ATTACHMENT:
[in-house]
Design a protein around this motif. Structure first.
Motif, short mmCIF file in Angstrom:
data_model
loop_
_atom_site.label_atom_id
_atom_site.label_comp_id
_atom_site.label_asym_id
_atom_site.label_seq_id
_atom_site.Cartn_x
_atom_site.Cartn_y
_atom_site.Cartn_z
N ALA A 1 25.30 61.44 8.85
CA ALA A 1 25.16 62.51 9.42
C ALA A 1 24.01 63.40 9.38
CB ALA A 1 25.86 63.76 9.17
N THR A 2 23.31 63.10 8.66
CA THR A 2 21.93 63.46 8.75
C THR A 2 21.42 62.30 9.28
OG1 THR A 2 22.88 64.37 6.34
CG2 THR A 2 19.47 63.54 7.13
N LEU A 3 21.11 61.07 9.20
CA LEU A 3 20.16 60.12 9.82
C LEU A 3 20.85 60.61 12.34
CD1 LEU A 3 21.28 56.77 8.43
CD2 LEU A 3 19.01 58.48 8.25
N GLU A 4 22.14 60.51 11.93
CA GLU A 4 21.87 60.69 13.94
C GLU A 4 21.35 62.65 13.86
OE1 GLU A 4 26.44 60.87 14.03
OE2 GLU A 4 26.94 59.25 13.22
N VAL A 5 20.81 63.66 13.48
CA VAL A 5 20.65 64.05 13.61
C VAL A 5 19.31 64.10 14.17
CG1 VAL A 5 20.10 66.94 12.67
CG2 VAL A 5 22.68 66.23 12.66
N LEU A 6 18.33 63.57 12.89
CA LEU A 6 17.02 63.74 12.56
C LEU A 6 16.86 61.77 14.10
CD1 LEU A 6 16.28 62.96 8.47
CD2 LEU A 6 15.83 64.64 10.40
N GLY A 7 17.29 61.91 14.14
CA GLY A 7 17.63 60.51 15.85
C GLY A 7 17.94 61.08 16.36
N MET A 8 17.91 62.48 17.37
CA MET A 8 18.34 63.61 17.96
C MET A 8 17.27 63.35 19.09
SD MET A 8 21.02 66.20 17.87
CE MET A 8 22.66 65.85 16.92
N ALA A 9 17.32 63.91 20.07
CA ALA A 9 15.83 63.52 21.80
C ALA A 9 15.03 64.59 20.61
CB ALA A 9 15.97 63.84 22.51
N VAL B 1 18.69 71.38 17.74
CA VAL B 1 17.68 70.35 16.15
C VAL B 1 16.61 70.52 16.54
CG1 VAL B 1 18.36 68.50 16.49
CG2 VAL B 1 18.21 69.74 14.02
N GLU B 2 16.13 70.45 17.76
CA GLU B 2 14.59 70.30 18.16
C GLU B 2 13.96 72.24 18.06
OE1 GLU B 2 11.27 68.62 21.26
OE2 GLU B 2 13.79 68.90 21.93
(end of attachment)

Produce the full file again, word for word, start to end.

[in-house]
Design a protein around this motif. Structure first.
Motif, short mmCIF file in Angstrom:
data_model
loop_
_atom_site.label_atom_id
_atom_site.label_comp_id
_atom_site.label_asym_id
_atom_site.label_seq_id
_atom_site.Cartn_x
_atom_site.Cartn_y
_atom_site.Cartn_z
N ALA A 1 25.30 61.44 8.85
CA ALA A 1 25.16 62.51 9.42
C ALA A 1 24.01 63.40 9.38
CB ALA A 1 25.86 63.76 9.17
N THR A 2 23.31 63.10 8.66
CA THR A 2 21.93 63.46 8.75
C THR A 2 21.42 62.30 9.28
OG1 THR A 2 22.88 64.37 6.34
CG2 THR A 2 19.47 63.54 7.13
N LEU A 3 21.11 61.07 9.20
CA LEU A 3 20.16 60.12 9.82
C LEU A 3 20.85 60.61 12.34
CD1 LEU A 3 21.28 56.77 8.43
CD2 LEU A 3 19.01 58.48 8.25
N GLU A 4 22.14 60.51 11.93
CA GLU A 4 21.87 60.69 13.94
C GLU A 4 21.35 62.65 13.86
OE1 GLU A 4 26.44 60.87 14.03
OE2 GLU A 4 26.94 59.25 13.22
N VAL A 5 20.81 63.66 13.48
CA VAL A 5 20.65 64.05 13.61
C VAL A 5 19.31 64.10 14.17
CG1 VAL A 5 20.10 66.94 12.67
CG2 VAL A 5 22.68 66.23 12.66
N LEU A 6 18.33 63.57 12.89
CA LEU A 6 17.02 63.74 12.56
C LEU A 6 16.86 61.77 14.10
CD1 LEU A 6 16.28 62.96 8.47
CD2 LEU A 6 15.83 64.64 10.40
N GLY A 7 17.29 61.91 14.14
CA GLY A 7 17.63 60.51 15.85
C GLY A 7 17.94 61.08 16.36
N MET A 8 17.91 62.48 17.37
CA MET A 8 18.34 63.61 17.96
C MET A 8 17.27 63.35 19.09
SD MET A 8 21.02 66.20 17.87
CE MET A 8 22.66 65.85 16.92
N ALA A 9 17.32 63.91 20.07
CA ALA A 9 15.83 63.52 21.80
C ALA A 9 15.03 64.59 20.61
CB ALA A 9 15.97 63.84 22.51
N VAL B 1 18.69 71.38 17.74
CA VAL B 1 17.68 70.35 16.15
C VAL B 1 16.61 70.52 16.54
CG1 VAL B 1 18.36 68.50 16.49
CG2 VAL B 1 18.21 69.74 14.02
N GLU B 2 16.13 70.45 17.76
CA GLU B 2 14.59 70.30 18.16
C GLU B 2 13.96 72.24 18.06
OE1 GLU B 2 11.27 68.62 21.26
OE2 GLU B 2 13.79 68.90 21.93